I’ll never forget my first internship.

Growing up in Montreal, the pinnacle of English radio was CJAD and the chance to work in its sports department was a dream come true for me. What made the experience more special was the chance to work with my first ever professional mentor, Rob.

Rob was the first person to tell you he was a regular guy from Chicago. His wife was a Montrealer and he was the proud father of two boys. For Rob, family always came first.

Rob brought his sense of humour to the office. He was cracking jokes both on and off the air and sometimes pushed the lines of what I thought was acceptable at CJAD. I’ll never forget his reverse interview with NHL player Bill Lindsay. It was two ‘regular guys’ having a chat.

Rob’s ‘regular guy’ persona was infectious because it wasn’t a persona. Rob brought his true self to work. Every day. No questions asked.

Mike Robbins, author of Bring your Whole Self to Work, defines bringing your whole self to work as “having the courage to take risks, speak up, ask for help, connect with others in a genuine way, and allow ourselves to be truly seen.” That was Rob — a real connector.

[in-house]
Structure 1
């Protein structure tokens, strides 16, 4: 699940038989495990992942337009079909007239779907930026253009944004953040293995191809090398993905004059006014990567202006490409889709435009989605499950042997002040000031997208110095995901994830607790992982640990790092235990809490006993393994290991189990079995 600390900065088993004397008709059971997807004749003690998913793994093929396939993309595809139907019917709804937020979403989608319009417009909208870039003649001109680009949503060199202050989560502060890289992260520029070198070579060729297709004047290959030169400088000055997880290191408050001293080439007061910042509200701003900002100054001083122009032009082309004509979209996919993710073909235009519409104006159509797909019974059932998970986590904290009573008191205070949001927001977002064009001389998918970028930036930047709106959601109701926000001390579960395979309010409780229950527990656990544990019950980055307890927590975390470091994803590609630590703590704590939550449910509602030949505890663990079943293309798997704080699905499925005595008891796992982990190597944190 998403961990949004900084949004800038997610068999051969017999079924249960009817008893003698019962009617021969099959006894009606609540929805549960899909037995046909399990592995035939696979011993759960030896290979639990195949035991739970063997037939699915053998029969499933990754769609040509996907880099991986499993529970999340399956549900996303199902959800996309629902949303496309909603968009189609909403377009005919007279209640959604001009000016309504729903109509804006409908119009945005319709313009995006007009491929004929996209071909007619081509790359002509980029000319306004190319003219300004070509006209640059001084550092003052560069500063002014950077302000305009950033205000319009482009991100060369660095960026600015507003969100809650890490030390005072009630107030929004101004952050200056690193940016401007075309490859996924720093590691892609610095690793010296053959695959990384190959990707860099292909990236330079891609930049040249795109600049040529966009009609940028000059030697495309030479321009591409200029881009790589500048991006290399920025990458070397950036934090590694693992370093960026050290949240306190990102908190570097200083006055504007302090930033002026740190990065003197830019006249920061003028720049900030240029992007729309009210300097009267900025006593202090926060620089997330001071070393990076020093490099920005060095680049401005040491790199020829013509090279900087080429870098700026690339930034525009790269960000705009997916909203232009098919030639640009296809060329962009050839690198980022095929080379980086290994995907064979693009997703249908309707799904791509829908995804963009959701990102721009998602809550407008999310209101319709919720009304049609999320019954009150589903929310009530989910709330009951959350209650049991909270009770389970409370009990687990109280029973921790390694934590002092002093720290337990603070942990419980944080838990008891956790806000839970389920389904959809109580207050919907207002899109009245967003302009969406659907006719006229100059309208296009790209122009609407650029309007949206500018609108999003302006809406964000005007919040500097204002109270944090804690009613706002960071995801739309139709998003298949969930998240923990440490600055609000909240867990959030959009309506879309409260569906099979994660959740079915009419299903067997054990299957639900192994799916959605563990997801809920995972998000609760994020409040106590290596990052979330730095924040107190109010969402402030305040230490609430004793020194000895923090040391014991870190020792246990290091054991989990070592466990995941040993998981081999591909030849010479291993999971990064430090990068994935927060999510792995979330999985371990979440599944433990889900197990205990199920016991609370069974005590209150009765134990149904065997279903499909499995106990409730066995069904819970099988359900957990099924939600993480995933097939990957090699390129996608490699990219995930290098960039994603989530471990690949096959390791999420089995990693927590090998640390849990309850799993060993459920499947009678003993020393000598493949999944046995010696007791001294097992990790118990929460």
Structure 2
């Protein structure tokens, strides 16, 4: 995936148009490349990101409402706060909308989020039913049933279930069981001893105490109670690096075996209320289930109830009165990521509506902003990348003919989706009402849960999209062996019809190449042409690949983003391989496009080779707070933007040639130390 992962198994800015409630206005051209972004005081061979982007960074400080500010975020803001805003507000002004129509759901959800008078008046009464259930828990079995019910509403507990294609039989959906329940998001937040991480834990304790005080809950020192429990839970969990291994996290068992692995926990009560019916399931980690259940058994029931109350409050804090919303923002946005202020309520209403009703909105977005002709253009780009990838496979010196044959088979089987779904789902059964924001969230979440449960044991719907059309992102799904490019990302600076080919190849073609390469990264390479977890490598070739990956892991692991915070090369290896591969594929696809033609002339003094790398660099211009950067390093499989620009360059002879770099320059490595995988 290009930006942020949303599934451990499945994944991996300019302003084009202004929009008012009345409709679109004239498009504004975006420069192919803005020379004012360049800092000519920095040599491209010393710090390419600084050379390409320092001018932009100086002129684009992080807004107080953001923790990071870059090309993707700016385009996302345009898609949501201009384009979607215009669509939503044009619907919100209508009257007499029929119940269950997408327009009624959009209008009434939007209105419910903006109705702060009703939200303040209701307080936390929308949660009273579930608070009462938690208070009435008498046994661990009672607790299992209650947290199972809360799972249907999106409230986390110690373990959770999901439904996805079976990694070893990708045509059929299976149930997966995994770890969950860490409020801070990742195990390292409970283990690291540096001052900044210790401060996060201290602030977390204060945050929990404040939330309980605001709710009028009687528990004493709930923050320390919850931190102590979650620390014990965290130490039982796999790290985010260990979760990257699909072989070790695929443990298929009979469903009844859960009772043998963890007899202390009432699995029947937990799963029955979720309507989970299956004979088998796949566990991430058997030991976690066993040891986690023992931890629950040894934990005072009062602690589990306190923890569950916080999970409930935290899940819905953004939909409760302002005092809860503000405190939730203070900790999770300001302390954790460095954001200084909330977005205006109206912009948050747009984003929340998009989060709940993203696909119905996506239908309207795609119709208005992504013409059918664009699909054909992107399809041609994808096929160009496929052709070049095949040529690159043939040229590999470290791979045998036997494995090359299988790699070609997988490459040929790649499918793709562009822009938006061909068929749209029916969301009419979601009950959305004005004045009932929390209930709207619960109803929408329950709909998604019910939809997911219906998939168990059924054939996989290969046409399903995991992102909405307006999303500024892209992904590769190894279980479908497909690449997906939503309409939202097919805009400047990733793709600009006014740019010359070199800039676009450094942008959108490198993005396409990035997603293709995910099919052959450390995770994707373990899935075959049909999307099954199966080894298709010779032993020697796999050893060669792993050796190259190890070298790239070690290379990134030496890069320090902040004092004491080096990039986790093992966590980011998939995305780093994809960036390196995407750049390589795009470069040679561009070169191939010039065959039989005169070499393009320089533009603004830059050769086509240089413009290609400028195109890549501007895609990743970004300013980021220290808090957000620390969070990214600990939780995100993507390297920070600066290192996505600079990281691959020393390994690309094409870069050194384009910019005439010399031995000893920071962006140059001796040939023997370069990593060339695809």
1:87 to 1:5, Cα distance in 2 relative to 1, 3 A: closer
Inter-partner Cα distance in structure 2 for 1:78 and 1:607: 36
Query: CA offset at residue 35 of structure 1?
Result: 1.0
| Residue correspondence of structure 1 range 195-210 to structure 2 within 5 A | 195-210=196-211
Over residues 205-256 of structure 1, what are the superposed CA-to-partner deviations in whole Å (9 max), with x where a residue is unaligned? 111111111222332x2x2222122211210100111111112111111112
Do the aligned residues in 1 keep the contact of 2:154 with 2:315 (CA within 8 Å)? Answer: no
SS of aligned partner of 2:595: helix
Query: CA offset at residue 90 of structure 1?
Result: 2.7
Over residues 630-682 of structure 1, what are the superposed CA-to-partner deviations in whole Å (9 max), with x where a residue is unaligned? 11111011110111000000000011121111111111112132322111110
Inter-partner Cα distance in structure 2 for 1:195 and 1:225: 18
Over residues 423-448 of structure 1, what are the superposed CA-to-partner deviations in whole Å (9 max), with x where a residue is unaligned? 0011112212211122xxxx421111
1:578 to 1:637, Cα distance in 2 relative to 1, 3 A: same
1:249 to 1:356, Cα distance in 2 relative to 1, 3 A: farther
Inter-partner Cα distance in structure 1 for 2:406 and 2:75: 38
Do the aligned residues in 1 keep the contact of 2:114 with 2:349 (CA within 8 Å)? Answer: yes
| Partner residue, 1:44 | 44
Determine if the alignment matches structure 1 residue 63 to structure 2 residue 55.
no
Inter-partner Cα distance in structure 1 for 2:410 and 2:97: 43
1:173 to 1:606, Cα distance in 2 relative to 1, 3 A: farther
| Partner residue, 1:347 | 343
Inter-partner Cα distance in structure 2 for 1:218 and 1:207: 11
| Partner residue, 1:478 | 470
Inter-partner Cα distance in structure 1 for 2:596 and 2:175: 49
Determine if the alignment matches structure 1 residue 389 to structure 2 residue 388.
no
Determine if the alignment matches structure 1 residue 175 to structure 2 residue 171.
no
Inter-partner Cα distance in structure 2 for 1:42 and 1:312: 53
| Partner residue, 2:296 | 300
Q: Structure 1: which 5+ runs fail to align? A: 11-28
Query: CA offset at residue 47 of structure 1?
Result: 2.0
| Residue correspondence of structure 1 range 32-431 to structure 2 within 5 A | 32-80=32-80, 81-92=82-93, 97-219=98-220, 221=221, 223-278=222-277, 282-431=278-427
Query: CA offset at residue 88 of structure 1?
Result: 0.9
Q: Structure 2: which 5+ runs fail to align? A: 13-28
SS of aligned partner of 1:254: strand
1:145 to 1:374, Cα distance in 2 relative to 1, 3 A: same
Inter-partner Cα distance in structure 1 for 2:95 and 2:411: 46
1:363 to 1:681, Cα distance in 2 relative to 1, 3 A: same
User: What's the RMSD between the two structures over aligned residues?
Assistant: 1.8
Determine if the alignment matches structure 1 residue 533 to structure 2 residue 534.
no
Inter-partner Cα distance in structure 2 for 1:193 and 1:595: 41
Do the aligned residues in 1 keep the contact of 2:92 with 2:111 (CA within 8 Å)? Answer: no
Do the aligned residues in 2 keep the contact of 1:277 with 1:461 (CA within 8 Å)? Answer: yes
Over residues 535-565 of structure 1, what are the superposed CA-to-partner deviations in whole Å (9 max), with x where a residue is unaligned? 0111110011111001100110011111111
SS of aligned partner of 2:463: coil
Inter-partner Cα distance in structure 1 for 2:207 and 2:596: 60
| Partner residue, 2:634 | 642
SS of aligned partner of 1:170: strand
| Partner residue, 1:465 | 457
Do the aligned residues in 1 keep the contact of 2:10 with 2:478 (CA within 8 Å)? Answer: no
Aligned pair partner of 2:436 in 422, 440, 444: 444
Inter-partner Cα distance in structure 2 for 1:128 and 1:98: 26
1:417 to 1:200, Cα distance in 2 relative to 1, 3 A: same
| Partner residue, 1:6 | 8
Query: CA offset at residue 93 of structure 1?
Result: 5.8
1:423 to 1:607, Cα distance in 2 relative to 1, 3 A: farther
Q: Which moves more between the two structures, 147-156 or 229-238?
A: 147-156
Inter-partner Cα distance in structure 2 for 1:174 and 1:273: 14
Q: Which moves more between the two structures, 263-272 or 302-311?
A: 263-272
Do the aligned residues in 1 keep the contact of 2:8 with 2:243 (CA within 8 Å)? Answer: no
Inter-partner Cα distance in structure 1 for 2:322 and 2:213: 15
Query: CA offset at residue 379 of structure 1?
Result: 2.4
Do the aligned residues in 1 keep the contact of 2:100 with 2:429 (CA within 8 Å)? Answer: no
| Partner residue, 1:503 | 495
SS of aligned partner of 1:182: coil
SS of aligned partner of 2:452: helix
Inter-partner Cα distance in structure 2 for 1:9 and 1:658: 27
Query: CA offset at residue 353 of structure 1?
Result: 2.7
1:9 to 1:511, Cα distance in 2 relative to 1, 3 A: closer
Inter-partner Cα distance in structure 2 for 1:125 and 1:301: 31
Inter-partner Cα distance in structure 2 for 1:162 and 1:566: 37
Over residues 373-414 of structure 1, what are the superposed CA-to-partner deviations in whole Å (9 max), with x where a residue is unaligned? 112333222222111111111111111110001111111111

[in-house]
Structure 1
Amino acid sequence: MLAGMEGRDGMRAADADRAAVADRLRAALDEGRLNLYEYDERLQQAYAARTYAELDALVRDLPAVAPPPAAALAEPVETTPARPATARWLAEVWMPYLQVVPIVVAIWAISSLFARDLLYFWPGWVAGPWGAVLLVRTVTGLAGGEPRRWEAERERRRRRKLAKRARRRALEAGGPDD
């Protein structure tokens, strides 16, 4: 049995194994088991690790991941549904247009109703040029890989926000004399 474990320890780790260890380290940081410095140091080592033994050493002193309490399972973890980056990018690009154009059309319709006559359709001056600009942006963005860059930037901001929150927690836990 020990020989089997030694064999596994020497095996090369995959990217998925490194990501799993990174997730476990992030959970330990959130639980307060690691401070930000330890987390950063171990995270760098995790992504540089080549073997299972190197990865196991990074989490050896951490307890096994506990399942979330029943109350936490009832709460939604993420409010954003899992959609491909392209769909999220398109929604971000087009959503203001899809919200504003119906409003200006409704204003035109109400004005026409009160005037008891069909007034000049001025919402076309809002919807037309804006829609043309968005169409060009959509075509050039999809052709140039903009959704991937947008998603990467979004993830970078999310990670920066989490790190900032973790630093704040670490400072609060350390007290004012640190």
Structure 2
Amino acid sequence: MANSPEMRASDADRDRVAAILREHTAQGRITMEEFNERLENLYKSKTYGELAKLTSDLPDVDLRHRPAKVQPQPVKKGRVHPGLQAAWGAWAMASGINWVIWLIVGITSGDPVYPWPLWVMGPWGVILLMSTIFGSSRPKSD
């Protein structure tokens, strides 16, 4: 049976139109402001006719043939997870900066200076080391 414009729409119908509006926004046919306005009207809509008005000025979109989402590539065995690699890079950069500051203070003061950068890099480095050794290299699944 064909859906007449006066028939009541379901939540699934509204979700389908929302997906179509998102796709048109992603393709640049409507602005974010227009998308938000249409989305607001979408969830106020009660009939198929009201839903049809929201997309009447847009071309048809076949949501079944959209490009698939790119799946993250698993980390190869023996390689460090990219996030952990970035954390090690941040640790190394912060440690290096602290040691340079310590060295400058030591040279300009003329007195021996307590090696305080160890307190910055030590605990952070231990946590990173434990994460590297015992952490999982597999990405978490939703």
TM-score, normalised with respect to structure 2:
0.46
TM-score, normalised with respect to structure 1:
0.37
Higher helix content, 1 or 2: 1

Robbins also calls out the need to remember “that we’re all vulnerable, imperfect human beings doing the best we can.” Rob personified this with his coaching style. He never forgot what it was like to be a radio rookie and made sure to craft a learning path for me that was geared towards success.

I’m fortunate to have had people like Rob in my life. There have been many other professional mentors who have taught me valuable lessons, but Rob was the first person who really showed me what it means to bring your whole self to work.

Take a moment to think about your professional mentors, your managers and your peers. Who embodied what it means to bring your whole self to work? What caused you to think this? 

And do you bring your whole self to work? If not, what’s stopping you?

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